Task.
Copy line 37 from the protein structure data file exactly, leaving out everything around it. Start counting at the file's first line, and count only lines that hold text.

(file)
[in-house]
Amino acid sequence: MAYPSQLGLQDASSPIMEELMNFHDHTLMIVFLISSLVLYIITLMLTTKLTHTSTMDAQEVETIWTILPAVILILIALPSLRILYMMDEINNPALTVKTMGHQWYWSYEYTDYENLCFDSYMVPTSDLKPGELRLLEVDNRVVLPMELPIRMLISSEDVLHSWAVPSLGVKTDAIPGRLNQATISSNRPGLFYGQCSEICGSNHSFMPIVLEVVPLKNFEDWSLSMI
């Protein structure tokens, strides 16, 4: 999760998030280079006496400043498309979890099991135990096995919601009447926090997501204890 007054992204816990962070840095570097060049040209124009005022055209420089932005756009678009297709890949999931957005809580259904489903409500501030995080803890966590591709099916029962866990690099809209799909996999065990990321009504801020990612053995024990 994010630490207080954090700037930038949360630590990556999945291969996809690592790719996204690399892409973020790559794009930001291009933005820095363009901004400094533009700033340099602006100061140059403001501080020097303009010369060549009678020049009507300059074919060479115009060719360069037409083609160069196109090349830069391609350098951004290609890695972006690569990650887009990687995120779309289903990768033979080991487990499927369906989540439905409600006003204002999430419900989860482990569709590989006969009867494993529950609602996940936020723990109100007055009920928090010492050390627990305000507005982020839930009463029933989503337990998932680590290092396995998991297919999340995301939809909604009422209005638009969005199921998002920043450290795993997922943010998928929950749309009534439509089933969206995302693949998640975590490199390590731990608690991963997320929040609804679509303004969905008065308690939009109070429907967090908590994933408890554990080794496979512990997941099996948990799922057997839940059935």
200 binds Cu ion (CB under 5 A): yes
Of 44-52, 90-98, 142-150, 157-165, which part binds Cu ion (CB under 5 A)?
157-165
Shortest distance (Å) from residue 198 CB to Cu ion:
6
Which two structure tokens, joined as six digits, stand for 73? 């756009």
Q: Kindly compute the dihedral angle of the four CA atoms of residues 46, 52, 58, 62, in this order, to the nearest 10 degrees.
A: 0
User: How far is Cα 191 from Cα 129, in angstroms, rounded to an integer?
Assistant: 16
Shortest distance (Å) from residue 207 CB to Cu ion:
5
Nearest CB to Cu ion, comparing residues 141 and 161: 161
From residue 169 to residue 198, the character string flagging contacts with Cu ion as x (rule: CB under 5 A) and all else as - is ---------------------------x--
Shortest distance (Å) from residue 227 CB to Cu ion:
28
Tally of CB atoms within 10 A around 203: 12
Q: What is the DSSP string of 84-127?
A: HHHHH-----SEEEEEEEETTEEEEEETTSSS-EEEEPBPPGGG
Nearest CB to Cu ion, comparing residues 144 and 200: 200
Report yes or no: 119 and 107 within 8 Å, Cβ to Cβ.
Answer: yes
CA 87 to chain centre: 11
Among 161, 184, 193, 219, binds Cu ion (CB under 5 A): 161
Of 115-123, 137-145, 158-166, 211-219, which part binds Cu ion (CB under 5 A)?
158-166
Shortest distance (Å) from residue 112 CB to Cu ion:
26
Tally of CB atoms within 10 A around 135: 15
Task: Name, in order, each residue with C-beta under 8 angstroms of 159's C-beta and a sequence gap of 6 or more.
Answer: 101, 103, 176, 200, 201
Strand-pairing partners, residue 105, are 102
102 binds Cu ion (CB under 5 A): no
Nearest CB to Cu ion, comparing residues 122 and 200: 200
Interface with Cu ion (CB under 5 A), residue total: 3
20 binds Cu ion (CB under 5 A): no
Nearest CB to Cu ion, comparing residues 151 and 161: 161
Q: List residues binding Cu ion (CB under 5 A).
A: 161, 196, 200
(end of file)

Nearest CB to Cu ion, comparing residues 122 and 200: 200